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In our opinion: Faith groups can be the moral compass on climate change

Climate politics will always be politics. Where faith groups excel is in their ability to remove the discussion from the political arena and push it to principle.

Nanditha Krishna, author and historian, poses in a sacred grove at the C.P. Ramaswami Aiyar Foundation campus in Chennai, India. Terracotta horses are placed in the grove as offerings to the mother goddess.
Courtesy Nanditha Krishna

Can religion save the planet from environmental destruction?

To both the religion and the climate change skeptics, that may seem an absurd question, but it’s not. Faith groups are perfectly poised to play a part in reversing environmental degradation and lifting the world’s population out of harm’s way.

For too long politics and political actors have been a drag on any substantial attempt to address a changing climate. The landmark U.N. climate report released last fall, for instance, admits dropping the global temperature to pre-industrial levels is a technical possibility but one that is unlikely given the present political environment. Reelection bids all but ensure some lawmakers sidestep politically volatile environmental bills to avoid jeopardizing their shot at another term.

Unfortunately, those debates typically take on a toxic tone that disseminates through the public. Loyalty to partisan politics distracts from the mountains of research produced and duplicated across the scientific community that points to the dangers of increased greenhouse gas emissions.

Fortunately, public opinion seems to be swinging in the right direction. Over the past decade, support for environmental solutions has been improving. As of this year, a majority of Americans say protecting the environment should be a top priority for the president and Congress, according to Pew Research Center.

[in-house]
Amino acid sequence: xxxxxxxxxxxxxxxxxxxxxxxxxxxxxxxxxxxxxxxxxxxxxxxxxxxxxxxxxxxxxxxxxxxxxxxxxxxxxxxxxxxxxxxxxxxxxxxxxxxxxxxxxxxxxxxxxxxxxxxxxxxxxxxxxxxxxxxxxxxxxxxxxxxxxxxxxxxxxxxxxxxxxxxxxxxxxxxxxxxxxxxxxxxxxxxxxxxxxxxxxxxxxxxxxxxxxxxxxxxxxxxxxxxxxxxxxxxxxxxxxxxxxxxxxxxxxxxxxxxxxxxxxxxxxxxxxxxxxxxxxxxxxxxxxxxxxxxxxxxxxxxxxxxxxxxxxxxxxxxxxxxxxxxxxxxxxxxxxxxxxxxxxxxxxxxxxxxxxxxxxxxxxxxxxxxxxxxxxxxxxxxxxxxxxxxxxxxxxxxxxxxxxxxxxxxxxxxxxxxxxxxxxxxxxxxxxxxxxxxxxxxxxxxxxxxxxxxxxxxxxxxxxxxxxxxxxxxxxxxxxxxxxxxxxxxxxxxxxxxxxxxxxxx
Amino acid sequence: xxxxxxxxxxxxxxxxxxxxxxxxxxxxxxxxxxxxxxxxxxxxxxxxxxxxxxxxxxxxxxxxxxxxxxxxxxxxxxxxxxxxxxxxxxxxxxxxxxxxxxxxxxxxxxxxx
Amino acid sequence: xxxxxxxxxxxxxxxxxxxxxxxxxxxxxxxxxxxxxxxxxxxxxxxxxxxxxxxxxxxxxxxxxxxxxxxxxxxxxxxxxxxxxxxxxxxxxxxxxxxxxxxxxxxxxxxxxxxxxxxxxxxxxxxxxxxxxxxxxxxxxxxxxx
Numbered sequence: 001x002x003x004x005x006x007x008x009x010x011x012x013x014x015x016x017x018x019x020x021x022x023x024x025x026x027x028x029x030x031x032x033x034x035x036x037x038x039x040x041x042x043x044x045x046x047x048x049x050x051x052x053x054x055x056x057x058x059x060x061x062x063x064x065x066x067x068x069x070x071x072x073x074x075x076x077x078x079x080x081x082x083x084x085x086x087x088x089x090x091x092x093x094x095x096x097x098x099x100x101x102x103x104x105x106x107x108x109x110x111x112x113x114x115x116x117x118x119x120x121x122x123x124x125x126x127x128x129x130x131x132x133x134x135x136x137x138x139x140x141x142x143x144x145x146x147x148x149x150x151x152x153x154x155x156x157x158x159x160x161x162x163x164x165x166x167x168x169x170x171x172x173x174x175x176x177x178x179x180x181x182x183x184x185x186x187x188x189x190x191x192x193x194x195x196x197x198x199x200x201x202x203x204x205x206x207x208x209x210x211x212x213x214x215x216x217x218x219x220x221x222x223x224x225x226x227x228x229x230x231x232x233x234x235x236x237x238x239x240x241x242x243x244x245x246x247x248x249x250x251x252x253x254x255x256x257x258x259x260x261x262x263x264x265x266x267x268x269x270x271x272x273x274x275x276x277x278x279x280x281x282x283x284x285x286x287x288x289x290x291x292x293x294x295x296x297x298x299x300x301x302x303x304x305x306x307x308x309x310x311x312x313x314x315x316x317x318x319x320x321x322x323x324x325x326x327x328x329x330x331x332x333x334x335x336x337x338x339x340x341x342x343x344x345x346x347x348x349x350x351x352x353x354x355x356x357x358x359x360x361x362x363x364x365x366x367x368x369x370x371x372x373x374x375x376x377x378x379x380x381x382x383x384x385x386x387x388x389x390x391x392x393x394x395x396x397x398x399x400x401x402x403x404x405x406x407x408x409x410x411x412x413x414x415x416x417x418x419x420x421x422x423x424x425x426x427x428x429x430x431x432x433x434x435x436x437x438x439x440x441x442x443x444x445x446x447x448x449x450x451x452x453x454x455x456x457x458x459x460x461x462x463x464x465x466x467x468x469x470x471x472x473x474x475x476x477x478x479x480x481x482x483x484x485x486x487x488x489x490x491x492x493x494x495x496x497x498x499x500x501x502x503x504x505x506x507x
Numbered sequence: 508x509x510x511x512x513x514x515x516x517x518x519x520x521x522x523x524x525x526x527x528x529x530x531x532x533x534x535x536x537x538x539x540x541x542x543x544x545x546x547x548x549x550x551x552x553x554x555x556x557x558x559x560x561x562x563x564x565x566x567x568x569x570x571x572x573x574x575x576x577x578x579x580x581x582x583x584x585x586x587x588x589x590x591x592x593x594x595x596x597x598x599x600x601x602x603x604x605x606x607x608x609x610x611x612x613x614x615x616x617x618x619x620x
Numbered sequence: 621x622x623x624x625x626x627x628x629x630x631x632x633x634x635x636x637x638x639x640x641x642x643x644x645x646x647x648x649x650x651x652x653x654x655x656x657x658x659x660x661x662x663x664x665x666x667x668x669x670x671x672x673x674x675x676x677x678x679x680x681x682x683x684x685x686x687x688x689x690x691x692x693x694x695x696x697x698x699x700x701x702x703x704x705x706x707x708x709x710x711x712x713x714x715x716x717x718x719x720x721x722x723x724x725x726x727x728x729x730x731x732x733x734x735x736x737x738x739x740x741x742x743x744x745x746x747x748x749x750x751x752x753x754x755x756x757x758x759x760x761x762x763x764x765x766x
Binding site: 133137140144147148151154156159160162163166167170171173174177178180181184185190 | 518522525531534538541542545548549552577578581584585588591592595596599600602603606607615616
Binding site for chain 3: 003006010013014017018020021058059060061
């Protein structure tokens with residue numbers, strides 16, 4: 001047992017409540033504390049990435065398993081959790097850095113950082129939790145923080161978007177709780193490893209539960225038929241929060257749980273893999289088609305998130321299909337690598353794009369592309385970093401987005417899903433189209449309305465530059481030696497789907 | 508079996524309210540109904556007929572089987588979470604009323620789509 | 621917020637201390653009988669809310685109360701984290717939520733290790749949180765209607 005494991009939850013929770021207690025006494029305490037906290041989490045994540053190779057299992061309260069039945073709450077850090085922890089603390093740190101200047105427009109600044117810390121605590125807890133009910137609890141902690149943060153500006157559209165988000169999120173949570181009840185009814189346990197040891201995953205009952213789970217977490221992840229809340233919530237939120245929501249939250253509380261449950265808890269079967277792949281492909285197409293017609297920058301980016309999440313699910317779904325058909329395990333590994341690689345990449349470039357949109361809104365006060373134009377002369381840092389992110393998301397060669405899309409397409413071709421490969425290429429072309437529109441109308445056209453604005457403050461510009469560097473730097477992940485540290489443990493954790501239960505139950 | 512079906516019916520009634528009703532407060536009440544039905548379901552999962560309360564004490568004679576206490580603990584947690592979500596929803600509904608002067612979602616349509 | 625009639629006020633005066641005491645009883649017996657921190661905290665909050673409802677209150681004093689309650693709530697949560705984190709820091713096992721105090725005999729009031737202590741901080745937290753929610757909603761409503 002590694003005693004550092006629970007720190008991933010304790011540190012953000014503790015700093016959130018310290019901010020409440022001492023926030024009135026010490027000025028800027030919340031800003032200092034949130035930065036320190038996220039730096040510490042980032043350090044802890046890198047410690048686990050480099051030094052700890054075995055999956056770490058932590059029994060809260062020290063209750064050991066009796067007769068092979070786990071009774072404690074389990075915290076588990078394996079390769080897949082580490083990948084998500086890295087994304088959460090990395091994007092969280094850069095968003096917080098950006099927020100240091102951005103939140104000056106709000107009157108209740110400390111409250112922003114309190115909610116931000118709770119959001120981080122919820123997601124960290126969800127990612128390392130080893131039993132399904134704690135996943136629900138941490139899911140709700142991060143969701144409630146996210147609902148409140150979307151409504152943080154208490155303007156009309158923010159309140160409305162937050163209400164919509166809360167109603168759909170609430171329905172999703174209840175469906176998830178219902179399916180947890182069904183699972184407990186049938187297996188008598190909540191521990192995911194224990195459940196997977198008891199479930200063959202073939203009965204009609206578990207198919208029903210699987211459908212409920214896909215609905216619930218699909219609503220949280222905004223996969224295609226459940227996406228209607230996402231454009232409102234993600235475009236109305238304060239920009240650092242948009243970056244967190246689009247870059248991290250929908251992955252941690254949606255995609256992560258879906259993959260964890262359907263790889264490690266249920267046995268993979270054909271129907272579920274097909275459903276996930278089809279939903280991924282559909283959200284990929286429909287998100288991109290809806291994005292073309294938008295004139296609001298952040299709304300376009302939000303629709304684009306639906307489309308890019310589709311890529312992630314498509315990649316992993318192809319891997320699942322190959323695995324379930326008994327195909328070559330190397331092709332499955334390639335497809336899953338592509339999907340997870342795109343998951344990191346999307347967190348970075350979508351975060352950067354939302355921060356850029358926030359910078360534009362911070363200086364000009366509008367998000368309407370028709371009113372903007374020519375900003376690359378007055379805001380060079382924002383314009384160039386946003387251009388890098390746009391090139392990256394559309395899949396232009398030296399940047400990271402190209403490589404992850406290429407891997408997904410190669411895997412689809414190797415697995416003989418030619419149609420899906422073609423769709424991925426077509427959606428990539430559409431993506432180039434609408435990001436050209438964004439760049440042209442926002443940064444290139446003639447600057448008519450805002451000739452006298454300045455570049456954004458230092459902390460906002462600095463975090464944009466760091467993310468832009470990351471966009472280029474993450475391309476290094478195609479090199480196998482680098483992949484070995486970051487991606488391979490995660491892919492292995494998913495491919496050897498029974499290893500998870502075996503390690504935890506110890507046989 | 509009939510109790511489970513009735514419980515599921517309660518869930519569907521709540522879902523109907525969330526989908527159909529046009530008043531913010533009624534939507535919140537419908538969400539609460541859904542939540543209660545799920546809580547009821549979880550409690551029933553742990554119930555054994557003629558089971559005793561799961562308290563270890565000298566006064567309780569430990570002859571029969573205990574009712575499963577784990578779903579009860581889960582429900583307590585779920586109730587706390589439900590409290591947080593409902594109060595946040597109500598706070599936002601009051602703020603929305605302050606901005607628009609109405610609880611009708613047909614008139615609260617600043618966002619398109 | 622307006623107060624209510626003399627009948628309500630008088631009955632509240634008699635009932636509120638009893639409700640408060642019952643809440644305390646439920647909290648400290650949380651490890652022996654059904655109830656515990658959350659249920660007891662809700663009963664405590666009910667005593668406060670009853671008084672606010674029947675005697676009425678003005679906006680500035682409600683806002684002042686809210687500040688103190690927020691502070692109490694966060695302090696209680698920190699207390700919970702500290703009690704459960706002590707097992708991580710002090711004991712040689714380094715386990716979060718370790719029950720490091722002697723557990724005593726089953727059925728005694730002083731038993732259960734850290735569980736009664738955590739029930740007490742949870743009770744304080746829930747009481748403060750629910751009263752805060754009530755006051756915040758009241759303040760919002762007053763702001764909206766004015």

That’s a positive trend, but politics will still be politics. Where faith groups excel is in their ability to remove the discussion from the political arena and push it to principle. They give the climate debate a moral tone and energize worshippers to make individual choices out of respect for the earth, not out of political fidelity.

Nearly all the world’s religions espouse doctrines that affirm the sanctity of the planet and admonish adherents to act accordingly. Religions give humanity to the victims of drought and flooding, treating them not as numbers on a spreadsheet but as humans with divine worth.

They preach principles of stewardship and acknowledge Mother Earth is not ours to abuse. One faith leader, Cardinal Pedro Barreto, remarked at the 2018 G20 Interfaith Forum, “Faith offers a light that allows us to see with greater quality that (the earth) is our common house, a gift given by God for all men and women.”

That is the tone climate discussions must adopt if policy ideas are going to transform into tangible outcomes, which is why faith leaders are starting to galvanize support and be “the moral compass” of the issue, as the Deseret News’ Erica Evans reports.

Faith groups have another stake in the issue, though this one is more practical. Religious organizations are often the first at the scene of natural disasters, offering their resources, manpower and aid to victims around the globe. But higher concentrations of greenhouse gases could lead to larger and more erratic weather events, constricting already-tight budgets. National governments need these faith groups in times of crisis, but without concerted effort to dial back the decay, there may come a time when charitable aid can’t keep up with demand.

Taken together, those motivated by religious principles have a tremendous opportunity to lead out in combating climate change, and governments would be foolish to dismiss the chance to work with them. It’s clear the current political trajectory isn’t leading toward a better climate. Why not give faith a fighting chance?